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Is Your Brand of Activity Tracker Really Accurate?

Tim Boyer's picture
Activity Trackers Compared

New research reveals just how accurate your brand of activity tracker really is under semi-controlled testing conditions.


Researchers from Iowa State University report that not all activity trackers or fitness bands are equally accurate when it comes to giving you feedback on just how active you are; and thereby, how many calories you are actually burning. Their findings were recently published in the journal Medicine & Science in Sports & Exercise.

The purpose of the study was to evaluate the relative validity advertised by the makers of some popular activity trackers that people wear to monitor their heart rate, time spent exercising and calories burned during exercise and while inactive. These fitness bands have become increasingly popular as a way to motivate dieters to exercise and help them calculate their calorie intake and expenditure for weight loss.

To determine just how well these activity trackers compare against one another, 52 study participants were each fitted with five different brands of wrist-worn fitness bands that included Fitbit Flex, Jawbone UP 24, Misfit Shine, Nike+Fuelband SE, and the Polar Loop, as well as two research activity-grade monitors--the Actigraph GT3X+ on the waist, and the BodyMedia Core on the arm.

The accuracy of the activity trackers was concurrently monitored with a portable metabolic system measuring device called the “Oxycon Mobile” that could track and calculate an energy expenditure benchmark during different activity sessions. The test sessions the participants performed in while wearing the activity monitors included 20-minutes of self-selected sedentary activities of choice such as reading, watching videos or working at a computer; 25-minutes of aerobic exercise; and 25-minutes of resistance exercise with 5-minutes rest between each activity.

What the researchers found was that the accuracy of the activity trackers overall varied between 15 and 30 percent in both over- and underestimating actual activity levels. Furthermore, the devices rated differently between each other depending on the activities compared.

“By looking at the most commonly performed activities in exercise and daily living settings, we can examine where the errors occur,” said Yang Bai, lead author and a graduate research assistant in kinesiology. “As expected, some monitors overestimate or underestimate all three activities, but some monitors overestimate one type and underestimate the other two categories, which can cancel out if we don't measure them separately.”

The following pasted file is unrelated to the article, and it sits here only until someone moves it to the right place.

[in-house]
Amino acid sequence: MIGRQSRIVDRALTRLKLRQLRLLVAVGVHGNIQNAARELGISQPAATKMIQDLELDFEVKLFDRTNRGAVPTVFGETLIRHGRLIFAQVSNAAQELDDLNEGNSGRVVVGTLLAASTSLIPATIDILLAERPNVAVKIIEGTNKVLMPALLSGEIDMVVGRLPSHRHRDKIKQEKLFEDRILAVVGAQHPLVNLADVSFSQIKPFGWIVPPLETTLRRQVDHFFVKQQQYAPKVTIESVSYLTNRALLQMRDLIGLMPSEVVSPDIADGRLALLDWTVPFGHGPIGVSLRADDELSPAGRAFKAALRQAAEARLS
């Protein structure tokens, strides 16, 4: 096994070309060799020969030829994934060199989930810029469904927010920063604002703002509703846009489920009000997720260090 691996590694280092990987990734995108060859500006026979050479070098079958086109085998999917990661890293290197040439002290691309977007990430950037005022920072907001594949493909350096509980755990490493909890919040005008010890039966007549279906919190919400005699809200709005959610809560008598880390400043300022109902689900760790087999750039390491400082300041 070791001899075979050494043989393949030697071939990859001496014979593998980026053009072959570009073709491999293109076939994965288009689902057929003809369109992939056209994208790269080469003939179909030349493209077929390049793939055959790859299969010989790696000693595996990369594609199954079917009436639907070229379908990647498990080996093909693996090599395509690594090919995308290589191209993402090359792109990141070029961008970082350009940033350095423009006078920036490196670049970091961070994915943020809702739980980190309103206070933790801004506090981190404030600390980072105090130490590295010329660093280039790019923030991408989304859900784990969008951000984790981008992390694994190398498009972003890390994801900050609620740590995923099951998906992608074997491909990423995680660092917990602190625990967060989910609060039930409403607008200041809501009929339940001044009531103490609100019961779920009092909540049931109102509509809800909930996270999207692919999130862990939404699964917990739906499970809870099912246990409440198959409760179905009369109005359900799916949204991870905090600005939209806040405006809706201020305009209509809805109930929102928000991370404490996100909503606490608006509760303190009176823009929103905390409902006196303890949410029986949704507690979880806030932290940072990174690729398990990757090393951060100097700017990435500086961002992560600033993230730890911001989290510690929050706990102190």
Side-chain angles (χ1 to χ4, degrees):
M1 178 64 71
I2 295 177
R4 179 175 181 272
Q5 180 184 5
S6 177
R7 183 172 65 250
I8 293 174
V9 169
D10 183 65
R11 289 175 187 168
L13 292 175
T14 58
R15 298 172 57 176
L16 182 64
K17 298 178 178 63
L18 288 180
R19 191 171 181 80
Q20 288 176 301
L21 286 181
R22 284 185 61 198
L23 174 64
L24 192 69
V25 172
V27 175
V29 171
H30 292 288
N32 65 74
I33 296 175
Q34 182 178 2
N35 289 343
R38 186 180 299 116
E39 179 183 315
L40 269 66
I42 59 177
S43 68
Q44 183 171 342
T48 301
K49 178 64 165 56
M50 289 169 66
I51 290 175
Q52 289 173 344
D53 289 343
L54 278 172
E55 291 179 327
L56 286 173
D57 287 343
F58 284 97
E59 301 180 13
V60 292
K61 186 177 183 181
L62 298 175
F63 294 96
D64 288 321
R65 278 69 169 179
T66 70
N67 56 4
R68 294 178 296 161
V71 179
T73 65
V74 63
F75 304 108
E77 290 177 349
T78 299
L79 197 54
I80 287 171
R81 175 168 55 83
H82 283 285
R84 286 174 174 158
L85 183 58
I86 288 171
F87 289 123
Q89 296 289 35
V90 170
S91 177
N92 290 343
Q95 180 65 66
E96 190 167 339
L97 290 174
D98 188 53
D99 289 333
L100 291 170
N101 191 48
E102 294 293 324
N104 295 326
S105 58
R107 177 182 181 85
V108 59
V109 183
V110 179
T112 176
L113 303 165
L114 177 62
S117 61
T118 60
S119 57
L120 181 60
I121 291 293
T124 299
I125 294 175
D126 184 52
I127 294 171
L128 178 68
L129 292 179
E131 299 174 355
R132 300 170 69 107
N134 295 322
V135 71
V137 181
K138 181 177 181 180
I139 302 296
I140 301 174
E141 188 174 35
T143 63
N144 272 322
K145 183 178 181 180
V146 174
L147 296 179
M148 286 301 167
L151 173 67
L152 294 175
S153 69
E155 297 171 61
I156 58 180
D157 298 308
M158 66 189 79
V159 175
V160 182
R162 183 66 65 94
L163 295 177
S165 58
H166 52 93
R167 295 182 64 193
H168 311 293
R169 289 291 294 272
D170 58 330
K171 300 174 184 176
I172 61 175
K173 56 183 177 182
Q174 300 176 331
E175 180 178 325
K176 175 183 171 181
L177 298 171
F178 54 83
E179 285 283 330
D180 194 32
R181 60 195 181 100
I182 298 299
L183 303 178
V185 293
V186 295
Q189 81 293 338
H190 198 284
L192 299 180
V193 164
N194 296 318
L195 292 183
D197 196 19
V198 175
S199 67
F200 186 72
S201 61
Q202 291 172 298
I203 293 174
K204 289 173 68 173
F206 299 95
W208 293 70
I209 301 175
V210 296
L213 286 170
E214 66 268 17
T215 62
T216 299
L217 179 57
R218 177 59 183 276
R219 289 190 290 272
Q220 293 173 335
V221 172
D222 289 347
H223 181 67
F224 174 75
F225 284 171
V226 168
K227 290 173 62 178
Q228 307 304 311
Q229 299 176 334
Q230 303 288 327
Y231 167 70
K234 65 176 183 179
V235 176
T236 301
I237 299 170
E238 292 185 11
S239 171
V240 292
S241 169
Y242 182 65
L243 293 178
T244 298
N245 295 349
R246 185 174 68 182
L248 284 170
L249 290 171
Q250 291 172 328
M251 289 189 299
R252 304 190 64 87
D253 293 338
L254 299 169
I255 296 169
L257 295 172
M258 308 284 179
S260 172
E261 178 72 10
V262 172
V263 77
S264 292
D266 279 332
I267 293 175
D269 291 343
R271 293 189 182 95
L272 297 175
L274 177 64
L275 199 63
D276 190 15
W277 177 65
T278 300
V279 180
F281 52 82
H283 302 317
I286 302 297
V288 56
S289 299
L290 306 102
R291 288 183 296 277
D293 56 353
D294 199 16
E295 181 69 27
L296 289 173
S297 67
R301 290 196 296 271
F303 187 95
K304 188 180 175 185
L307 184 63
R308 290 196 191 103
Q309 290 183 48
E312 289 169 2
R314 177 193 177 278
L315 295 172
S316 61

For an overall comparison, the BodyMedia Core came out on top with an error rate of 15.3%, followed by the Actigraph GT3X+ (16.7%), the Fitbit Flex (16.8%), the Nike+ Fuelband SE (17.1%), the Jawbone UP24 (18.2%), and the Misfit Shine (30.4%).

In addition, it was also determined that the activity trackers were least accurate when it came to measuring your activity level during activities like strength training. The researchers explain that this is not surprising as the tracking devices are designed to detect acceleration and body movement that is more aligned with walking and running as opposed to lifting weights.

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Although the accuracy of the activity trackers have some error to them, the researchers concluded that fitness bands like the Fitbit Flex, the Jawbone UP24 and the Nike+ Fuelband SE are accurate enough, and can still play an important role toward getting dieters to increase and maintain their exercise levels.

“I think the key to a consumer is not so much if the activity monitor is accurate in terms of calories, but whether it’s motivational for them and keeps them accountable for activity in a day,” said Greg Welk, professor of kinesiology.

For more about activity trackers, here are some related articles with more information about how you can benefit your weight loss efforts by wearing one:

Are Wearable Lifestyle Activity Monitors a Good Investment for Weight Loss?

Easy Belly Fat Weight Loss Tactic Works, Say Scientists

How Many Steps Should We Walk Each Day?


Comparison of Consumer and Research Monitors under Semistructured SettingsMedicine & Science in Sports & Exercise, Published ahead-of-print July 6, 2015; Bai, Yang, et al.

Iowa State News “Activity trackers not as accurate for some activities, ISU study finds



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